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Real-Life Cases Show Some Types of 2FA Can Be Bypassed
A number of cyber incidents in the past few years have demonstrated that certain types of multi-factor authentication or two-factor authentication (2FA) can easily be bypassed.
What Is Multi-Factor of Authentication? What Is 2FA?
Multi-factor authentication is an added layer of security in which a user is required to present two or more pieces of proof in order to be granted access to a computer system or application.
Two-factor authentication (2FA) is the more popular type of multi-factor authentication. In a typical 2FA, in addition to the traditional authentication method of a combination of username and password, a user is required to present one more authentication proof. Examples of these additional authentication proofs include a one-time code that changes over time, biometrics or behavioural information such as IP address, time of day or geolocation.
3 Ways 2FA Authentication Can Be Bypassed
In the past few years, the following 3 methods have been used to bypass or circumvent certain types of 2FA authentication:
1. Sim Swap
In bypassing 2FA using the SIM swap method, an attacker convinces a customer service representative of a phone company of an intended victim to do the SIM card swap to a SIM that the attacker controls, allowing the attacker to intercept the 2FA security codes intended for the victim to access a computer system or application.
Last month, the U.S. Federal Bureau of Investigation (FBI) issued an alert to its partner organizations warning them about SIM swapping. According to the FBI, between 2018 and 2019, SIM swapping is the most common tactic used by cyber criminals in circumventing the 2-factor authentication. Victims of SIM swapping attacks, the FBI said, had their bank accounts drained and their passwords and PINs changed.
Last year, Reddit disclosed that all Reddit data from 2007 and before including account credentials and email addresses as well as email digests sent by Reddit in June 2018 were illegally accessed. The company said that the weaknesses inherent to SMS-based 2FA appeared to be the root cause of this incident. The company added that “SMS-based authentication is not nearly as secure as we would hope, and the main attack was via SMS intercept”.
Reddit, however, didn’t specify how SMS-based 2FA one-time code was intercepted. At the time of the Reddit attack, the known methods in intercepting SMS-based 2FA one-time code were through SIM swapping and mobile number port-out scams.
In port-out scams, instead of a SIM swap, an attacker impersonates an intended victim and requests that the victim’s mobile number be transferred to another mobile network provider. In both SIM swap and port-out scams, one-time codes delivered by SMS are delivered to a phone controlled by the attackers.
2. Phishing Scheme
The second method by which 2FA can be bypassed is through phishing scheme. In December 2018, researchers at Certfa Lab detected a phishing campaign in which attackers, knowing that their victims use two-step verification in their Gmail and Yahoo accounts, created phishing pages for both desktop and mobile versions of Google and Yahoo mail services.
These phishing pages ask the victims their username and password combination, as well as 2-step verification code. The attackers then enter these username and password combination and 2-step verification code into Google or Yahoo’s genuine website and hijack the email accounts of their victims.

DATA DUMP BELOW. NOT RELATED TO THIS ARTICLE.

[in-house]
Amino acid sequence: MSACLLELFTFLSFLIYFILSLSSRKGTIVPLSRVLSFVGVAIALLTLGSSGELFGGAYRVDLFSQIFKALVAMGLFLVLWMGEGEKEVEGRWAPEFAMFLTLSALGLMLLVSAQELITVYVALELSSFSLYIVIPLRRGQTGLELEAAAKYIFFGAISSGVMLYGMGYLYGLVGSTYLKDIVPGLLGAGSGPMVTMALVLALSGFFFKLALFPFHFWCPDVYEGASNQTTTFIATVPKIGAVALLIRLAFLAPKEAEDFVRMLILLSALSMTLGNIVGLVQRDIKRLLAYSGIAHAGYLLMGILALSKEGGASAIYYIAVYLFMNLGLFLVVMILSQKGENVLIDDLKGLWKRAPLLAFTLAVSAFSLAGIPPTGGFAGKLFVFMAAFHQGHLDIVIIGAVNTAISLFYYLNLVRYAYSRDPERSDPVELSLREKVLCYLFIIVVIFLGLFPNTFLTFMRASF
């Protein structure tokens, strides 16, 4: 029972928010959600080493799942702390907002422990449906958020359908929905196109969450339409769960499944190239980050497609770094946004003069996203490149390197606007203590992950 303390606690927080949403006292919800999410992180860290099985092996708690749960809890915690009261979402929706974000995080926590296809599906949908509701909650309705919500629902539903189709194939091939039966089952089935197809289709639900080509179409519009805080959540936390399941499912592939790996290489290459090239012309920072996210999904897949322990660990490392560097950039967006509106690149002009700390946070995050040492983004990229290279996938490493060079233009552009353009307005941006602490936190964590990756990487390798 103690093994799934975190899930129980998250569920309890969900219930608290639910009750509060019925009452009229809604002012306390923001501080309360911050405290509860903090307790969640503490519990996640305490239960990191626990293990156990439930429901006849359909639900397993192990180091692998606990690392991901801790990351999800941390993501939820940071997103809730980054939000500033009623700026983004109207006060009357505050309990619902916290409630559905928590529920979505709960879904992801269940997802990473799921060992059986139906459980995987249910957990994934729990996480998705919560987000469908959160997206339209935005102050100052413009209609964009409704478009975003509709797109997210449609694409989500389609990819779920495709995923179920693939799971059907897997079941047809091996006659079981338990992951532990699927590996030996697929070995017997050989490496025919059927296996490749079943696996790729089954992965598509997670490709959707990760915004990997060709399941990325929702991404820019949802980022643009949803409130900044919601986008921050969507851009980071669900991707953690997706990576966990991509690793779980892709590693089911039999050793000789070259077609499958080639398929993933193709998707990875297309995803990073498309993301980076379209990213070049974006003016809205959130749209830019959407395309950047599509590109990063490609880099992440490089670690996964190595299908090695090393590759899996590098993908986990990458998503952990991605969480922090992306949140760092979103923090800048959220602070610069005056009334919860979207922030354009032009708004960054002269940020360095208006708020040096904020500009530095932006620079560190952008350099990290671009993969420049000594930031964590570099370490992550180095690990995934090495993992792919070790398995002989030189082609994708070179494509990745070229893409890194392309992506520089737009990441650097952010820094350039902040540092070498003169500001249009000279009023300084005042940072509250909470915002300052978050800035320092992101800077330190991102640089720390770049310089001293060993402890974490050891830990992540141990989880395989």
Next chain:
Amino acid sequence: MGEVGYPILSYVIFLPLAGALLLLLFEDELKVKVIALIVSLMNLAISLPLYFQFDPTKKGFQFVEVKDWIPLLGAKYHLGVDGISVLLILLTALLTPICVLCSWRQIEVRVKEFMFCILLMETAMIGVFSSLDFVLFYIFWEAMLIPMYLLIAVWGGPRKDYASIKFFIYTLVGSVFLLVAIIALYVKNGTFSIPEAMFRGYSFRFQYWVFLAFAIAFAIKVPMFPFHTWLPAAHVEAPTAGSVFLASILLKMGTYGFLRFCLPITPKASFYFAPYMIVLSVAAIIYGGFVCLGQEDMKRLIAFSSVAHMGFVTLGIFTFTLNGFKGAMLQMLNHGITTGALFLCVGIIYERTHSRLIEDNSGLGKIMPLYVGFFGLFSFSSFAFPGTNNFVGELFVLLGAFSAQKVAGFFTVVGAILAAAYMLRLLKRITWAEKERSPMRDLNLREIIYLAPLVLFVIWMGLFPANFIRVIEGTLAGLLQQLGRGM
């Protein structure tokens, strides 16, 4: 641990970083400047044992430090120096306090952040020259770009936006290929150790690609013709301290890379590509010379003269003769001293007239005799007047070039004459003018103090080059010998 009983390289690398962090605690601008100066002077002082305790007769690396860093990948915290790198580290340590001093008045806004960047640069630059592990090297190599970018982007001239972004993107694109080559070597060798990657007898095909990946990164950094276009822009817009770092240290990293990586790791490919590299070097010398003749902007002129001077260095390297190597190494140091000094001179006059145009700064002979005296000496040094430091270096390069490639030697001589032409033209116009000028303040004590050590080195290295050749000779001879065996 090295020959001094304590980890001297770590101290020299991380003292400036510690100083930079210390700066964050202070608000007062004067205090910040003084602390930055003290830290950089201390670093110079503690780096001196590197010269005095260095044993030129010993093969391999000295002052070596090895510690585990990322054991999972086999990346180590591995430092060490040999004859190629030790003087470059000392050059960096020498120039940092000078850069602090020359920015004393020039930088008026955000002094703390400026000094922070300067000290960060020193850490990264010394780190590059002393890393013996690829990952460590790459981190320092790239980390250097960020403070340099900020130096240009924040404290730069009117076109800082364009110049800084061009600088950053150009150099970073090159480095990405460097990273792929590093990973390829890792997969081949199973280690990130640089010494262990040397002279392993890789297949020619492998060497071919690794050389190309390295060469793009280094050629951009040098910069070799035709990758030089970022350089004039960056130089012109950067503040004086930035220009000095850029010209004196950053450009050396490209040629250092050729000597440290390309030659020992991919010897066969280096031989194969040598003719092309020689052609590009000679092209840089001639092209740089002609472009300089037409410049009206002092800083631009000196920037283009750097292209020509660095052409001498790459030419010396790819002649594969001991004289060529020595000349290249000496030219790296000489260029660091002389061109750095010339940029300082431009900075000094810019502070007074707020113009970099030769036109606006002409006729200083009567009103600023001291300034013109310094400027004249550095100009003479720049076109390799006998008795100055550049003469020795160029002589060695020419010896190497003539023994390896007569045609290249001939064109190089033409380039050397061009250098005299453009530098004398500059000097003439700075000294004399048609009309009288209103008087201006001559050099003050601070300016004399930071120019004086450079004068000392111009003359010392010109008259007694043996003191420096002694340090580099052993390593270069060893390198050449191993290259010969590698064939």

A victim is tricked into visiting one of these phishing sites by sending a fake email alert purportedly from the email provider, stating that unauthorized individuals have tried to access their accounts. This fake email alert asks the victim to review and restrict suspicious accesses via the link – leading to the attackers’ phishing site – provided in the email.
3. Session Hijacking
The third method by which 2FA can be bypassed is through session hijacking. Among the 3 methods of bypassing 2FA, session hijacking is more technical.
A few months ago a toolkit that bypasses 2FA via session hijacking was publicly released. This toolkit uses Muraena and NecroBrowser. According to the authors of this toolkit, Muraena is a “custom target-agnostic reverse proxy solution”, while NecroBrowser takes care of the “instrumentation and session riding”. According to the FBI, Muraena tool intercepts traffic between a user and a target website which requires the usual username and password combination and 2FA code, while NecroBrowser allows cyber actors to hijack these private accounts and make changes to these accounts while maintaining access as long as possible.
Last month, security researchers at DEVCORE reported a different form of session hijacking that enabled them to access Twitter Intranet. According to the DEVCORE researchers, they were able to access Twitter Intranet by bypassing the 2FA of the SSL VPN used by the company.
“Twitter enabled the Roaming Session feature, which is used to enhances mobility and allows a session from multiple IP locations,” the DEVCORE researchers said. “Due to this ‘convenient’ feature, we can just download the session database and forge our cookies to log into their system!”
Preventive and Mitigating Measures
There’s a reason why multi-factor authentication or 2FA is widely used by organizations today. Instead of relying merely on the traditional username and password combination, multi-factor authentication provides an extra layer of security to systems or applications.
The use of multi-factor authentication can decrease numerous attack surfaces. Using multi-factor authentication, however, shouldn’t give your organization a false sense of security. As shown in the above-mentioned examples, certain types of multi-factor authentication or 2FA can be bypassed.
Steve E. Driz, I.S.P., ITCP